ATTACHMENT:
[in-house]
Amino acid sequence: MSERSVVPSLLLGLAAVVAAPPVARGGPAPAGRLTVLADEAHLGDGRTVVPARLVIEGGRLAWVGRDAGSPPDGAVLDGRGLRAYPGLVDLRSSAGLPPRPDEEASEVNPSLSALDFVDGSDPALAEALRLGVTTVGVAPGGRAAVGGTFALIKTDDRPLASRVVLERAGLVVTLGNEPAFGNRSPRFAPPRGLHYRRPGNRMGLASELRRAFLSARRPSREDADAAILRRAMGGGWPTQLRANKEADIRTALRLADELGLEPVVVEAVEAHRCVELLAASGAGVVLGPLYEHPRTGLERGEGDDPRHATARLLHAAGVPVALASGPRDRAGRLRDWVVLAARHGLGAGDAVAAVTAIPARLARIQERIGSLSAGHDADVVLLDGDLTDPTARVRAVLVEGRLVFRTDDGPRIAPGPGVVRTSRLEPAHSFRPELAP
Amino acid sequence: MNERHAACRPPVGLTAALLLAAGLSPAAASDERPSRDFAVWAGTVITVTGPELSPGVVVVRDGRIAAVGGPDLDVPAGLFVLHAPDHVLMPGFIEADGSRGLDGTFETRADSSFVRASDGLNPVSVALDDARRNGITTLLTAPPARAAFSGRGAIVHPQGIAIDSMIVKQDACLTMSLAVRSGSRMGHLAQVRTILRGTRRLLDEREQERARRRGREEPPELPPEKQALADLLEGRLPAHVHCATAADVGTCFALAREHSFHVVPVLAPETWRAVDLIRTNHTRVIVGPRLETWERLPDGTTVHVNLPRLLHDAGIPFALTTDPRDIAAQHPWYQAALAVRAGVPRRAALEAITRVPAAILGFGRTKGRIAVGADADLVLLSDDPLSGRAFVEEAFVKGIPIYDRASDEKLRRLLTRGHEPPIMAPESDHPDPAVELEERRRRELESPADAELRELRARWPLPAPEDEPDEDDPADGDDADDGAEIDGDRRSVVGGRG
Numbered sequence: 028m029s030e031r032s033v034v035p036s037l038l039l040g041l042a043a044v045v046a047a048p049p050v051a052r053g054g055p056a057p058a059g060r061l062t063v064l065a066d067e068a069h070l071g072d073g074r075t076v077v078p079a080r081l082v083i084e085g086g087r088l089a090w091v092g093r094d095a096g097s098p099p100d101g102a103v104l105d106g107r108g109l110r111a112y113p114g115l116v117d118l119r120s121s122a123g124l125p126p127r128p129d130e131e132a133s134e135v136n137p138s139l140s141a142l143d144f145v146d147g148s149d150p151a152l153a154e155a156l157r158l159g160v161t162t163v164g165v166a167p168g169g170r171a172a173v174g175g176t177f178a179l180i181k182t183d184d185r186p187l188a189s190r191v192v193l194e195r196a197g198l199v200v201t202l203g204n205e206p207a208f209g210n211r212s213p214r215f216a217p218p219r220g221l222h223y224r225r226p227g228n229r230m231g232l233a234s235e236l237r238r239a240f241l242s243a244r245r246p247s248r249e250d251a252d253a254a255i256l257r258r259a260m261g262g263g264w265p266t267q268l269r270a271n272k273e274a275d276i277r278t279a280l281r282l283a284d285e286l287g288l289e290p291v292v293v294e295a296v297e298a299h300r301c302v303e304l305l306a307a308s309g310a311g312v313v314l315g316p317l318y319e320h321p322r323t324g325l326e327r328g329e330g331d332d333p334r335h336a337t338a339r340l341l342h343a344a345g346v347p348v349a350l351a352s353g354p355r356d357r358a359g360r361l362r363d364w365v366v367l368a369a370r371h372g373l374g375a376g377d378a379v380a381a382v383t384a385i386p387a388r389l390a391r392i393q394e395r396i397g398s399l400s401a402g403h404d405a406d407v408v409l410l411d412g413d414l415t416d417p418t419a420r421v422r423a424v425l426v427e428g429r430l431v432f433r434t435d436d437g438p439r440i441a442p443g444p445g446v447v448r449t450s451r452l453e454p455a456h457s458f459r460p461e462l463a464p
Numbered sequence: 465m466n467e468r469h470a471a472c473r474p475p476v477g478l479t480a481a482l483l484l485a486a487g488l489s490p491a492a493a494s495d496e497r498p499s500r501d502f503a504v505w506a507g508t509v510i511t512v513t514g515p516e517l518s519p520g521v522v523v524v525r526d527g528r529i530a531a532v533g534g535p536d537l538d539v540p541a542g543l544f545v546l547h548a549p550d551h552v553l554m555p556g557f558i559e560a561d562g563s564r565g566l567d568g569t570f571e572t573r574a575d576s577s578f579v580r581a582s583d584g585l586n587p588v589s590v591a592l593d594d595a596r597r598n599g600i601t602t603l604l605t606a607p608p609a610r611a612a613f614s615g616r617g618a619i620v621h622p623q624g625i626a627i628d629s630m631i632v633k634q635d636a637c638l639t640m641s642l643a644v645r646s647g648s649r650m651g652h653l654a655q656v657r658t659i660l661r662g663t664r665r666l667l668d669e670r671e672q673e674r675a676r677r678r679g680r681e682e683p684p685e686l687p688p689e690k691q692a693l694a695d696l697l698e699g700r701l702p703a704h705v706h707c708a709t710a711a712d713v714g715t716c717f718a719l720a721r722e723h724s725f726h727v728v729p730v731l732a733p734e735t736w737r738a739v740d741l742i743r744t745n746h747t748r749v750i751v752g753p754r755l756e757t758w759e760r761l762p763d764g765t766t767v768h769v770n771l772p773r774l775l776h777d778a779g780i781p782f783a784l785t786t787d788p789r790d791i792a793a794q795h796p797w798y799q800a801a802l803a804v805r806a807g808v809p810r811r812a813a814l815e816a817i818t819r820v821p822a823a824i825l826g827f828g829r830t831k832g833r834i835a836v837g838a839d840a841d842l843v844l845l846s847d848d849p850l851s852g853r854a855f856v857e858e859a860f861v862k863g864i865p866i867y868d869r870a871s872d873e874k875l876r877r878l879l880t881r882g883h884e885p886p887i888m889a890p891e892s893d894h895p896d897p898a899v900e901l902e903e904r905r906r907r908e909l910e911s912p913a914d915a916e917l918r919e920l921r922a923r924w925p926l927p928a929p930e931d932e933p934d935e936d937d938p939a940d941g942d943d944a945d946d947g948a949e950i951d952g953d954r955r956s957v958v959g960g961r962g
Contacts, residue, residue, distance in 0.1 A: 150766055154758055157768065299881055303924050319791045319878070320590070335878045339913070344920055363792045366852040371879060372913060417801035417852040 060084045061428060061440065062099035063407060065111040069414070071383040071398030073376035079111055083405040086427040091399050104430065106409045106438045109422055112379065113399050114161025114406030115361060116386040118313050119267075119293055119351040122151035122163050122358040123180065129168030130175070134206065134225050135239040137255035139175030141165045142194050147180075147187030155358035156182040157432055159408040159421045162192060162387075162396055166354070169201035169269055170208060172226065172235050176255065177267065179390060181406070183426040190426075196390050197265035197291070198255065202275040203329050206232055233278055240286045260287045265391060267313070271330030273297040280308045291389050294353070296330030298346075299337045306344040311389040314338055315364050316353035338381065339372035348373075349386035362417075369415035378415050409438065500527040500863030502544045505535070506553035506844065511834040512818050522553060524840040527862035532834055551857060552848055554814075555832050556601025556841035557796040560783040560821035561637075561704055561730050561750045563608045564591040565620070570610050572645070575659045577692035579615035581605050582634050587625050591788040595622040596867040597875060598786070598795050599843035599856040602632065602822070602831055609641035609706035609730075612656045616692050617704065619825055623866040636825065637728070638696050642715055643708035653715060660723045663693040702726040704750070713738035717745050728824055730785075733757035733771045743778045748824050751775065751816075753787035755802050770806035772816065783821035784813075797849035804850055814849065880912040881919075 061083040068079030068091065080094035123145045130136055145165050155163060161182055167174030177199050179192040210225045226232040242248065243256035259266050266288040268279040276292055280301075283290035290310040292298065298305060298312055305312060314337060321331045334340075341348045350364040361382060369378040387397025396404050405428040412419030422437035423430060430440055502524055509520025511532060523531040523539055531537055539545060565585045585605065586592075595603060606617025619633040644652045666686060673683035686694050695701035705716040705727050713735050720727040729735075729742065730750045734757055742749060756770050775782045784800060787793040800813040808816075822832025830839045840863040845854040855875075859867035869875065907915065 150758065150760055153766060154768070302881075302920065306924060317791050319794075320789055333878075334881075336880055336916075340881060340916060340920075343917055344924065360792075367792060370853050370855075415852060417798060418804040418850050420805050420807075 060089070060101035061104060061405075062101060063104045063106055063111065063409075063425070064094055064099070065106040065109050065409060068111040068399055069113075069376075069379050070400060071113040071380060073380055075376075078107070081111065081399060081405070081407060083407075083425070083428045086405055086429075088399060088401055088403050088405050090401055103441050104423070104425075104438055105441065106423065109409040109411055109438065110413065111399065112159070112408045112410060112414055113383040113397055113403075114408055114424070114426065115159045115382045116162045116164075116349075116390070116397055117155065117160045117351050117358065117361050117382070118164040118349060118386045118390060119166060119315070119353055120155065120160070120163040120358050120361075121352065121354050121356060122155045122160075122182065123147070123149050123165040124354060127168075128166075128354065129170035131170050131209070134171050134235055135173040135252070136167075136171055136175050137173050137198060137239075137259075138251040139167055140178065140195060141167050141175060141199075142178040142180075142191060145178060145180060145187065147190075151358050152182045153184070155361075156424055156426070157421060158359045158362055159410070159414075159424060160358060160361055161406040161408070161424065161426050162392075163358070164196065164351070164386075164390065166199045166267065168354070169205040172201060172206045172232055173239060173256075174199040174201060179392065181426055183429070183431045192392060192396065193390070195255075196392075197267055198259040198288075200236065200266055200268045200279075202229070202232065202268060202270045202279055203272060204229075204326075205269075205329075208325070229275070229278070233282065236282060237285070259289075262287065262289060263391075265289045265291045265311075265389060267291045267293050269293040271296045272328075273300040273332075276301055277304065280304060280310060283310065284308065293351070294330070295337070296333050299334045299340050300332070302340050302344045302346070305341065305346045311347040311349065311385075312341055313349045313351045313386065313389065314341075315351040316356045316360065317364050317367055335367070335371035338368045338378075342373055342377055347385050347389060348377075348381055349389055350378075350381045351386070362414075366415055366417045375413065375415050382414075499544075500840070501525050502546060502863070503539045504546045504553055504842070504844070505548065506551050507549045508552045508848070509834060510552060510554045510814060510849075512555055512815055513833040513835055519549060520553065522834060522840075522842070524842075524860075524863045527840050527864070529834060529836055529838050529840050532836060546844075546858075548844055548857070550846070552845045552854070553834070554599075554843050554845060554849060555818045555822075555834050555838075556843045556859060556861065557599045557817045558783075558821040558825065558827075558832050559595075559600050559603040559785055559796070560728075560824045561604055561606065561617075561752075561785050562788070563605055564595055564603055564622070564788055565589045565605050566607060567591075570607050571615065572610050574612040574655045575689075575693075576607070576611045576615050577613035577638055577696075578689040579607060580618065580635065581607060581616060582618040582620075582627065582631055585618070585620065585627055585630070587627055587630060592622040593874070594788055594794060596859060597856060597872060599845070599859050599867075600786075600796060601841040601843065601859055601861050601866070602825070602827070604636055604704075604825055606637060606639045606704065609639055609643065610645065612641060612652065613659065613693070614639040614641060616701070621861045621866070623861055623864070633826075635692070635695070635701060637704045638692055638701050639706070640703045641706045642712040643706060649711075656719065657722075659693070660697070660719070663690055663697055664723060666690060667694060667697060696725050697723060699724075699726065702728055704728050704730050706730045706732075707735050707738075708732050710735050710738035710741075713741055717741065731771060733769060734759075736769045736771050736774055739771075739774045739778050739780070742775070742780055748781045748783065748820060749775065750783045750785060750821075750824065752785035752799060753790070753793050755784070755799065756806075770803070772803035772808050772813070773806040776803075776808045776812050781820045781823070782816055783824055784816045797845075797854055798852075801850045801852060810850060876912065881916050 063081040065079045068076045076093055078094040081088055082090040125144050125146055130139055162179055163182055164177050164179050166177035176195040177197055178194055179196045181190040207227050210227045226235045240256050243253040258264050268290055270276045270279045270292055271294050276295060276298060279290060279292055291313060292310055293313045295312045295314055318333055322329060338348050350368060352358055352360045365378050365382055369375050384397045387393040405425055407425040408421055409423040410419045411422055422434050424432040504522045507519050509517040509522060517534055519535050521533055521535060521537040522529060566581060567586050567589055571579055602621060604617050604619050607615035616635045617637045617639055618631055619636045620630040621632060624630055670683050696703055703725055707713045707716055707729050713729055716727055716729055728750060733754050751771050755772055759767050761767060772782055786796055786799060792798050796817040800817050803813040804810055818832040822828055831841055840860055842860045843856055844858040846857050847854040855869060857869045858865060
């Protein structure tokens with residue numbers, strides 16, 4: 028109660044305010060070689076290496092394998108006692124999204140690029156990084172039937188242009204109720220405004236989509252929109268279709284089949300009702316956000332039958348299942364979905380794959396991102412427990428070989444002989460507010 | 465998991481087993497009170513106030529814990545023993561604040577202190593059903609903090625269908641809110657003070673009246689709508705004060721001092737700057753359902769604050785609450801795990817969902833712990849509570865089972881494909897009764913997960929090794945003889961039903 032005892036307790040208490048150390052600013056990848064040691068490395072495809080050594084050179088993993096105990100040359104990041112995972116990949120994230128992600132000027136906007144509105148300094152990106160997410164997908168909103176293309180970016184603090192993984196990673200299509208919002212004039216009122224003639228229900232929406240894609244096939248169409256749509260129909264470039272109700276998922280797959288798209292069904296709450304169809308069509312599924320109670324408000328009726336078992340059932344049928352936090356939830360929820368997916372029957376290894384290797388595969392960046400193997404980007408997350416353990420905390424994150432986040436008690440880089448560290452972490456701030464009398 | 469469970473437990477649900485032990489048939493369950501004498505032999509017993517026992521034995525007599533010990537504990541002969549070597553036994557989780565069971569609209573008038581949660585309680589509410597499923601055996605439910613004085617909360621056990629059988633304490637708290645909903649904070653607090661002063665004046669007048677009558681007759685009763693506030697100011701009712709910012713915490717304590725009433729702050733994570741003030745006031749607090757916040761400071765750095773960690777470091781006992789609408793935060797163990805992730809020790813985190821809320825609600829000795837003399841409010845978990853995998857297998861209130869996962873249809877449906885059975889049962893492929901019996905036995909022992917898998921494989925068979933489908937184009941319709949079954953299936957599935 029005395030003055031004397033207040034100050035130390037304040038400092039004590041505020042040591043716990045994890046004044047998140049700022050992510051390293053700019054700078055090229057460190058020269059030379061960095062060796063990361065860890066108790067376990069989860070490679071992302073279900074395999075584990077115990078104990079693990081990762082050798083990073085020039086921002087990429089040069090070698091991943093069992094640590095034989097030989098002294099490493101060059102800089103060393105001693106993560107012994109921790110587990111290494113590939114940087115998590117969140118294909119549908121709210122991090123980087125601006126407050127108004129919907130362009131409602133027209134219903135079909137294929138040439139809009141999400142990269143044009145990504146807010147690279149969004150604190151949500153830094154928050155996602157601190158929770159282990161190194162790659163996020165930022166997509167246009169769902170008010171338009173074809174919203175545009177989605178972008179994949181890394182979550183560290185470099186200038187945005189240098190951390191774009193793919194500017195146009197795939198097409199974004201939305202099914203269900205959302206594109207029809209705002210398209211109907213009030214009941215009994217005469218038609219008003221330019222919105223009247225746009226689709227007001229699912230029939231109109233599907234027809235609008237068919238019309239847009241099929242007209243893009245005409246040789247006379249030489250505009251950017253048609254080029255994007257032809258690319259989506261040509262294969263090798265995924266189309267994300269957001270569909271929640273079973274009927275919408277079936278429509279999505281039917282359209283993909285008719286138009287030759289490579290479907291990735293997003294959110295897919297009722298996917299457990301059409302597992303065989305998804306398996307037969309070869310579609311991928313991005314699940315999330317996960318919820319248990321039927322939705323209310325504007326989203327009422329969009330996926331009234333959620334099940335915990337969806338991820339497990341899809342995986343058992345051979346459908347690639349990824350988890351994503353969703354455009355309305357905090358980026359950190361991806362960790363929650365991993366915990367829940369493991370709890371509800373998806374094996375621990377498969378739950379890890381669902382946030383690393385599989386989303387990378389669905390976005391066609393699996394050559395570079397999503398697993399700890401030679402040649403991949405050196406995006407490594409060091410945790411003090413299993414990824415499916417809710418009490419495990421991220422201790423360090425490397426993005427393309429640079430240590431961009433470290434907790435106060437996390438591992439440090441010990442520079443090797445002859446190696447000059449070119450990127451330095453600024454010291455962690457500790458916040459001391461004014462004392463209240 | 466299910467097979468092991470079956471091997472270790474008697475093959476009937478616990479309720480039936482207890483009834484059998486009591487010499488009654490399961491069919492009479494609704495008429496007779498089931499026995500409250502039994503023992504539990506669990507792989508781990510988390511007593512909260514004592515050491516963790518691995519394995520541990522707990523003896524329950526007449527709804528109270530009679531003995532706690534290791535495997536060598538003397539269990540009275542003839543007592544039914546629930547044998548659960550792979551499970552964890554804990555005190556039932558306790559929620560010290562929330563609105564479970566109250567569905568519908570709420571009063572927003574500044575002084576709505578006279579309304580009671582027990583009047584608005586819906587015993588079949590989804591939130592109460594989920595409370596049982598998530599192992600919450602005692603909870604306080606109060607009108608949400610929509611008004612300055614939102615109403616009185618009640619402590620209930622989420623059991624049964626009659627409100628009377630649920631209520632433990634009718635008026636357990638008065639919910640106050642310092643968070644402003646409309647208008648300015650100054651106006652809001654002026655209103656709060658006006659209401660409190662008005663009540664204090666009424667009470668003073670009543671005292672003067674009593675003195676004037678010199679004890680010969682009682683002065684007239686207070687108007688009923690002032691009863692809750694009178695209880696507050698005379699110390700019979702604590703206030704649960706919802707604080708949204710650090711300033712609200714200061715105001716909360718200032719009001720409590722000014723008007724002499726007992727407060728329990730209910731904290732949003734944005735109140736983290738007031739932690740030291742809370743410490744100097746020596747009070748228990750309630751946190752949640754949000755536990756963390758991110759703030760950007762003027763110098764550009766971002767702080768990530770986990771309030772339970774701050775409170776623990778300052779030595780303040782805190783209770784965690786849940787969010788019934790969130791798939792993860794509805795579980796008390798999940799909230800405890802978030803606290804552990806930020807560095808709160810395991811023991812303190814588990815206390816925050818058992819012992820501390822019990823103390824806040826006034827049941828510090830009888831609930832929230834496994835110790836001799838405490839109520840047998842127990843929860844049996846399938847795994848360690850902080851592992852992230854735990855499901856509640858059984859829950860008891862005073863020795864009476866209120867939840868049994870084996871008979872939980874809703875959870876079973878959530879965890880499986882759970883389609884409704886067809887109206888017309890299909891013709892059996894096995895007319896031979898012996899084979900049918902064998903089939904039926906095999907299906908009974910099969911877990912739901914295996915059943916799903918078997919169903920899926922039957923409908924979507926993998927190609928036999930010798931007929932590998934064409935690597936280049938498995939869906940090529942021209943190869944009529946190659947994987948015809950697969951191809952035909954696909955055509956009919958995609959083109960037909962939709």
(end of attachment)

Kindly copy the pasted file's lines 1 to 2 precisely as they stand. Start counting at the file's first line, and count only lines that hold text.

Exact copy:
[in-house]
Amino acid sequence: MSERSVVPSLLLGLAAVVAAPPVARGGPAPAGRLTVLADEAHLGDGRTVVPARLVIEGGRLAWVGRDAGSPPDGAVLDGRGLRAYPGLVDLRSSAGLPPRPDEEASEVNPSLSALDFVDGSDPALAEALRLGVTTVGVAPGGRAAVGGTFALIKTDDRPLASRVVLERAGLVVTLGNEPAFGNRSPRFAPPRGLHYRRPGNRMGLASELRRAFLSARRPSREDADAAILRRAMGGGWPTQLRANKEADIRTALRLADELGLEPVVVEAVEAHRCVELLAASGAGVVLGPLYEHPRTGLERGEGDDPRHATARLLHAAGVPVALASGPRDRAGRLRDWVVLAARHGLGAGDAVAAVTAIPARLARIQERIGSLSAGHDADVVLLDGDLTDPTARVRAVLVEGRLVFRTDDGPRIAPGPGVVRTSRLEPAHSFRPELAP